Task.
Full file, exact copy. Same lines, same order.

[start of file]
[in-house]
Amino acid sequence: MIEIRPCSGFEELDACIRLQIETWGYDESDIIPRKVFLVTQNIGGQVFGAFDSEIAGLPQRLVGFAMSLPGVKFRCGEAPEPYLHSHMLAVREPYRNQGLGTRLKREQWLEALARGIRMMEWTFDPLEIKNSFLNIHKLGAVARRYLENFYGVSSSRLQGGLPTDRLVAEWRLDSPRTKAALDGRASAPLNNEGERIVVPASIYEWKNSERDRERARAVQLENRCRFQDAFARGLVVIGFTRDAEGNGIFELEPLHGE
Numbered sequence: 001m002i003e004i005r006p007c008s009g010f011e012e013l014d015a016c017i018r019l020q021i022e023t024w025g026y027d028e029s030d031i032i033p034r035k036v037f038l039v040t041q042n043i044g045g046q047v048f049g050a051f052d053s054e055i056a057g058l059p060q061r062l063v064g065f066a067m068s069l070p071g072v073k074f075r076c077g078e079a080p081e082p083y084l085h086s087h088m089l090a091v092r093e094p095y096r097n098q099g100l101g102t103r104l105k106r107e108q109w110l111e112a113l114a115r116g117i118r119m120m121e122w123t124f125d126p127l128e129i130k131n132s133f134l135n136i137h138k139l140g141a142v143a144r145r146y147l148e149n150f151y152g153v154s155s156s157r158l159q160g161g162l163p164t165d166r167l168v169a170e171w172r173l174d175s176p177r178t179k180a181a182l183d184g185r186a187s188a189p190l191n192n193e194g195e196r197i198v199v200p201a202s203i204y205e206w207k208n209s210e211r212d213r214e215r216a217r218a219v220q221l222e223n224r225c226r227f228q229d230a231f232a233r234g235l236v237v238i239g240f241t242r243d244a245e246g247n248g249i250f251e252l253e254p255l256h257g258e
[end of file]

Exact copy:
[in-house]
Amino acid sequence: MIEIRPCSGFEELDACIRLQIETWGYDESDIIPRKVFLVTQNIGGQVFGAFDSEIAGLPQRLVGFAMSLPGVKFRCGEAPEPYLHSHMLAVREPYRNQGLGTRLKREQWLEALARGIRMMEWTFDPLEIKNSFLNIHKLGAVARRYLENFYGVSSSRLQGGLPTDRLVAEWRLDSPRTKAALDGRASAPLNNEGERIVVPASIYEWKNSERDRERARAVQLENRCRFQDAFARGLVVIGFTRDAEGNGIFELEPLHGE
Numbered sequence: 001m002i003e004i005r006p007c008s009g010f011e012e013l014d015a016c017i018r019l020q021i022e023t024w025g026y027d028e029s030d031i032i033p034r035k036v037f038l039v040t041q042n043i044g045g046q047v048f049g050a051f052d053s054e055i056a057g058l059p060q061r062l063v064g065f066a067m068s069l070p071g072v073k074f075r076c077g078e079a080p081e082p083y084l085h086s087h088m089l090a091v092r093e094p095y096r097n098q099g100l101g102t103r104l105k106r107e108q109w110l111e112a113l114a115r116g117i118r119m120m121e122w123t124f125d126p127l128e129i130k131n132s133f134l135n136i137h138k139l140g141a142v143a144r145r146y147l148e149n150f151y152g153v154s155s156s157r158l159q160g161g162l163p164t165d166r167l168v169a170e171w172r173l174d175s176p177r178t179k180a181a182l183d184g185r186a187s188a189p190l191n192n193e194g195e196r197i198v199v200p201a202s203i204y205e206w207k208n209s210e211r212d213r214e215r216a217r218a219v220q221l222e223n224r225c226r227f228q229d230a231f232a233r234g235l236v237v238i239g240f241t242r243d244a245e246g247n248g249i250f251e252l253e254p255l256h257g258e